The European Dota 2 scene has been up in arms after one Dota Pro Circuit team made use of a new rule change to allow its coach to talk to players during games – something that is banned in almost all other professional Dota 2 competitions.
The team in question is Alliance, one of the eight teams competing in the DreamLeague Season 15 Dota Pro Circuit competition which is organised by DreamHack and ESL. After footage of Alliance’s games last week were shown in a vlog, viewers noticed coach Peter ‘ppd’ Dager giving in-game callouts to his players. This is against the rules in all other major Dota 2 tournaments, with coaches only allowed to interact with their players during breaks and the draft.
However, a change to the rulebook by the tournament organisers had flown under the radar of most teams, and it transpires that DreamLeague coaches were now permitted to communicate with their players during a match. The rule change was reportedly emailed out to team managers, according to OG CEO Juan Luna, who has been critical of Alliance for exploiting the change.
While it was perfectly within the rules for ppd to talk to his players, many teams and players have voiced their frustration with Alliance for looking to gain an advantage from it and are slamming ESL and DreamHack for not making the change clearer and updating its official rulebook.
And sure. There is a difference between fault and responsibility. But let’s be honest here…ok? Teams talk all the time and we flag things and discuss them. Even between competitors. I speak to Secret and Nigma and alliance and Liquid and EG, and Quicy….. Quite often. C’mon…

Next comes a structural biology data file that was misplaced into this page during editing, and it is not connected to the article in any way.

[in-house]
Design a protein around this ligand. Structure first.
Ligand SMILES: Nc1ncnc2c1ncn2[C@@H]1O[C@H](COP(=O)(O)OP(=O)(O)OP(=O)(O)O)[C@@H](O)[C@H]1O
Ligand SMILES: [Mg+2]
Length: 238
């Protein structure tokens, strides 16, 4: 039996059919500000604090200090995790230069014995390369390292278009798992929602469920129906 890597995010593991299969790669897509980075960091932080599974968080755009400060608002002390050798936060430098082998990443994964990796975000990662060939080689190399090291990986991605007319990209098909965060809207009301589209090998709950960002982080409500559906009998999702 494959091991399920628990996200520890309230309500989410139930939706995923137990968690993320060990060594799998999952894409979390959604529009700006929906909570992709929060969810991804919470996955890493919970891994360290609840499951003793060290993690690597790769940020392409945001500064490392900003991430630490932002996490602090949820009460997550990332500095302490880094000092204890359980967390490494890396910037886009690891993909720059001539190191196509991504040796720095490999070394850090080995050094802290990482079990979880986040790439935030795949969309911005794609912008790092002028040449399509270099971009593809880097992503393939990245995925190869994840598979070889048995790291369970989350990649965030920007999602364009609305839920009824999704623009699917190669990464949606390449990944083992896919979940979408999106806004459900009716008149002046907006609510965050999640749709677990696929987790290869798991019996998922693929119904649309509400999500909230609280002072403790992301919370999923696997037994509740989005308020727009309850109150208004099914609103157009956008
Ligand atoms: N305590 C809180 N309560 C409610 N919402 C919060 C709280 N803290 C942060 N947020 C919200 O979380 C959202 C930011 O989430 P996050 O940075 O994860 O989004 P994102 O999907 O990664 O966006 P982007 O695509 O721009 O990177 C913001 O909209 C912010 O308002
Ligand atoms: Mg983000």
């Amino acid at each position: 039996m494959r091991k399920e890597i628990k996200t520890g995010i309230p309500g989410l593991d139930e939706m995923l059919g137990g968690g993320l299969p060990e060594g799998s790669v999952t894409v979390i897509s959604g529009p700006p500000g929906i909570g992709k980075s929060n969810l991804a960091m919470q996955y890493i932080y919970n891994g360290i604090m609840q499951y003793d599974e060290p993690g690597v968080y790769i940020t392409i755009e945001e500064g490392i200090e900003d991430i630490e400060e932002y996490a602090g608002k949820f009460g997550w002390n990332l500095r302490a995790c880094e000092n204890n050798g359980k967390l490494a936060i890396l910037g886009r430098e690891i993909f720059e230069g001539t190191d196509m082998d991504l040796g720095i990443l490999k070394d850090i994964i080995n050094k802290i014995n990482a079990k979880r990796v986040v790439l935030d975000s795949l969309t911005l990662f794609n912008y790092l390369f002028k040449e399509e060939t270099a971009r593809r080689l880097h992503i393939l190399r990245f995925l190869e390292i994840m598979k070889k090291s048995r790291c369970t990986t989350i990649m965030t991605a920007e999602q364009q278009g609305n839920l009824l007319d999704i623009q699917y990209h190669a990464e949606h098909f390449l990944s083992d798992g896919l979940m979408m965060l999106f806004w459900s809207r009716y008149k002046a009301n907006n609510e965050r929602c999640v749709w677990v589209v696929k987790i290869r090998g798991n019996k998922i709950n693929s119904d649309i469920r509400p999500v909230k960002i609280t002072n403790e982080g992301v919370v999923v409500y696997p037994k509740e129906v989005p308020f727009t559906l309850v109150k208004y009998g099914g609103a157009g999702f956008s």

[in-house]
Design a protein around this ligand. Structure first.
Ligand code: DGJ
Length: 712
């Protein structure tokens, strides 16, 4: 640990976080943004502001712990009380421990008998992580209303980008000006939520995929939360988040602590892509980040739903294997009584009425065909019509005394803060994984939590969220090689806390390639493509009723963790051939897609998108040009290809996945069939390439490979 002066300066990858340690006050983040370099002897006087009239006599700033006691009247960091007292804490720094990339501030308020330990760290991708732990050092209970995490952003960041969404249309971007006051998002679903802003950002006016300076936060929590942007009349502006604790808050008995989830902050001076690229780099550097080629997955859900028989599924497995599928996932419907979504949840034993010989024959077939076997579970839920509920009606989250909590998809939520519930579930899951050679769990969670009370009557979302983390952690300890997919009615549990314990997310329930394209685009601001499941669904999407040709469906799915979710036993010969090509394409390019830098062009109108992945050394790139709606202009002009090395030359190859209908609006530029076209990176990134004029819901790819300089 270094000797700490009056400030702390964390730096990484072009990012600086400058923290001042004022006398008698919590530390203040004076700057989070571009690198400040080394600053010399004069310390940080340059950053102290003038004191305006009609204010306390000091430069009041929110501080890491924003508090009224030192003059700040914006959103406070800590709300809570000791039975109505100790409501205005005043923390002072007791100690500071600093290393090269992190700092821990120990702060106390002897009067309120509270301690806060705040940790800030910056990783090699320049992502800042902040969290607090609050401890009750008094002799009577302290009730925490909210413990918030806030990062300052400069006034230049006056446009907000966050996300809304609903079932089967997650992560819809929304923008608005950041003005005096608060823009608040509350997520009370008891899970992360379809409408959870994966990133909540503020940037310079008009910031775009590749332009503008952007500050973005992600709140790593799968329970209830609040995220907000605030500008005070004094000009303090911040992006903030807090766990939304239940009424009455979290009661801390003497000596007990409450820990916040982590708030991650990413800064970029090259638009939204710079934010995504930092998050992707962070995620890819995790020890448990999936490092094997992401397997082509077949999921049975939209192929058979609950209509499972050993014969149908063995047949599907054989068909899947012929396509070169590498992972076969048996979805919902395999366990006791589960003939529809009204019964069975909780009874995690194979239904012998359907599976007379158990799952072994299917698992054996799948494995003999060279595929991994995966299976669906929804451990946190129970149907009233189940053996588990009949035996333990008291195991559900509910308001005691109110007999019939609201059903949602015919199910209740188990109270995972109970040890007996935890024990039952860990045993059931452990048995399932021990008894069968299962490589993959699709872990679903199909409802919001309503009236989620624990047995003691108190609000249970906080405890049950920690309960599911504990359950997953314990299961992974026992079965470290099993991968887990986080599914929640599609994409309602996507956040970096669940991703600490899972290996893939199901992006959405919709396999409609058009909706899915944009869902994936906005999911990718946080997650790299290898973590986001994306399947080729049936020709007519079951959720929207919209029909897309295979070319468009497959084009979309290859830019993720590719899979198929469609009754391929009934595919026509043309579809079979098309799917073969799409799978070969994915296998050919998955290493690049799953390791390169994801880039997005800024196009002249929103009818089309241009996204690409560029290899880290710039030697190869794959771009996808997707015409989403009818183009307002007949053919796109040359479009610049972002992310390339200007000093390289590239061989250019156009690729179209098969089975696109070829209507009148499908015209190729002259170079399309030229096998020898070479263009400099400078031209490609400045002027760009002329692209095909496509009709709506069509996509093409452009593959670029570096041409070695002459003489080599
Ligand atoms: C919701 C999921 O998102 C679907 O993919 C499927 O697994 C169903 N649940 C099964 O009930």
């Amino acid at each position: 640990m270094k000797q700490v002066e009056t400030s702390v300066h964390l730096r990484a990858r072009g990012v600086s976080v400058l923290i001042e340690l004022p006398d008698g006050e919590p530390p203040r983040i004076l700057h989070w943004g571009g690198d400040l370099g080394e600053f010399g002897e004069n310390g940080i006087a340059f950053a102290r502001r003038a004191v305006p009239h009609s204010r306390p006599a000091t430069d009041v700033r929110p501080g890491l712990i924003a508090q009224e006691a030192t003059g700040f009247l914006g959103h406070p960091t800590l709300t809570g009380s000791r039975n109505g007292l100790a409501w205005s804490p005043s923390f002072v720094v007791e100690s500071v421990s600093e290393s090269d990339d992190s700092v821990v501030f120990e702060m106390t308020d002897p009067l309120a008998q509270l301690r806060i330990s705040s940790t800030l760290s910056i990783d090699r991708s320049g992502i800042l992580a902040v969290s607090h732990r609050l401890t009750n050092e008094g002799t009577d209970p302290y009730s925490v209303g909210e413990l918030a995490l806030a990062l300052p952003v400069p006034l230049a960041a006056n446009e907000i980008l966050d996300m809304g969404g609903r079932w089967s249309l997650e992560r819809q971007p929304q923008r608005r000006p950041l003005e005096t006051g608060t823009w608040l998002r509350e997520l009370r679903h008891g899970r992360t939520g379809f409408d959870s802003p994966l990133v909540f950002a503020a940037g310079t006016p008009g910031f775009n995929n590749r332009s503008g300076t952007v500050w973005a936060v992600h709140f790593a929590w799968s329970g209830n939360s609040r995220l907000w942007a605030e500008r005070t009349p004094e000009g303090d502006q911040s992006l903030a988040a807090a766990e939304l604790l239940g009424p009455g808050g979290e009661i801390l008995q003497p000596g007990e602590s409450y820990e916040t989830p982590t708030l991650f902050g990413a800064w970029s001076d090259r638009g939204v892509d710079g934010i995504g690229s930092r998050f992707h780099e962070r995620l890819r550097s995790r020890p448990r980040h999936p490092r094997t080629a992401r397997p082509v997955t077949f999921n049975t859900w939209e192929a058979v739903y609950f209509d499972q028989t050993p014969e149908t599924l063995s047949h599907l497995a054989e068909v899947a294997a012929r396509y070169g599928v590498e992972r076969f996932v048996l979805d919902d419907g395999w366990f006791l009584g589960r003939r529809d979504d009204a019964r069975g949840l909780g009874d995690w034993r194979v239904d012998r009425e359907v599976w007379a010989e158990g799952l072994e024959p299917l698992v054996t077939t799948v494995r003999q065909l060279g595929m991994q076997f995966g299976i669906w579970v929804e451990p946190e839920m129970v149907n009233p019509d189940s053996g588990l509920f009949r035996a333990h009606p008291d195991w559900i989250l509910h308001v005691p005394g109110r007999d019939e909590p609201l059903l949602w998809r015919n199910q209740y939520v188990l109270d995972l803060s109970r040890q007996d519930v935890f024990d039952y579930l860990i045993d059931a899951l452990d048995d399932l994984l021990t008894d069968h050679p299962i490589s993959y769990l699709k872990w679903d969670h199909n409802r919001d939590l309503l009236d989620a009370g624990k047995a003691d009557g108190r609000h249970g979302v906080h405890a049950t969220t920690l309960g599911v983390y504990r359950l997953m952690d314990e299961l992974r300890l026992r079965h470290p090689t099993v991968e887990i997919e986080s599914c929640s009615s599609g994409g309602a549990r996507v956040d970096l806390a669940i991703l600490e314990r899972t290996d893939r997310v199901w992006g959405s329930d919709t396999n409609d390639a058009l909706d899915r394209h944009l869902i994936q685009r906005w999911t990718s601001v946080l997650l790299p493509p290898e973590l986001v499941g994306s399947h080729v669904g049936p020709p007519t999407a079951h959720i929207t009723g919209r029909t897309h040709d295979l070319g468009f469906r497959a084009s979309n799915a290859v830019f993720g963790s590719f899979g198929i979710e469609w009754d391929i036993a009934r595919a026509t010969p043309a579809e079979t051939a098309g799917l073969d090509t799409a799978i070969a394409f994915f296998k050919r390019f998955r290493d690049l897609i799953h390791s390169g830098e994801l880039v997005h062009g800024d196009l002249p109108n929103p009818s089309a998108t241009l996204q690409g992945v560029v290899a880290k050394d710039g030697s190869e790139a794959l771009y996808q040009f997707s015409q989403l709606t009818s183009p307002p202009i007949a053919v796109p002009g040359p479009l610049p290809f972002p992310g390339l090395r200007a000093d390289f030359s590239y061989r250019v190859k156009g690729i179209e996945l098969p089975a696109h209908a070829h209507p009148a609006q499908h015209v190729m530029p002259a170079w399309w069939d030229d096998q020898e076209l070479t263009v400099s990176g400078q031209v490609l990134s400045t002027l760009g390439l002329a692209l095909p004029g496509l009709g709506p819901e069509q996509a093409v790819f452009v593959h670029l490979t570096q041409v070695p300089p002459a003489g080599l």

— JMR Luna (@jmrLuna) May 12, 2021
ESL has today addressed the issue and is reverting back to the original rules. It says the change “does not align with [Valve’s] stance on coaching” and has apologised to teams for the mid-season change to the rules. It also says the main rulebook was not updated because it failed to “fully inform Valve” that it was making the change.
ESL also says that “teams that made use of the rule change did absolutely nothing wrong.”
— ESL Dota2 (@ESLDota2) May 12, 2021
Before today’s statement, many were concerned that the rule change was the beginning of a shift to “six-man Dota” and were also worried about competitive integrity for The International 10 later this year, with EU teams having played under different rules than other regions.
Alliance is yet to address yesterday’s criticism of their Dota 2 team officially, but The Loadout has reached out for comment.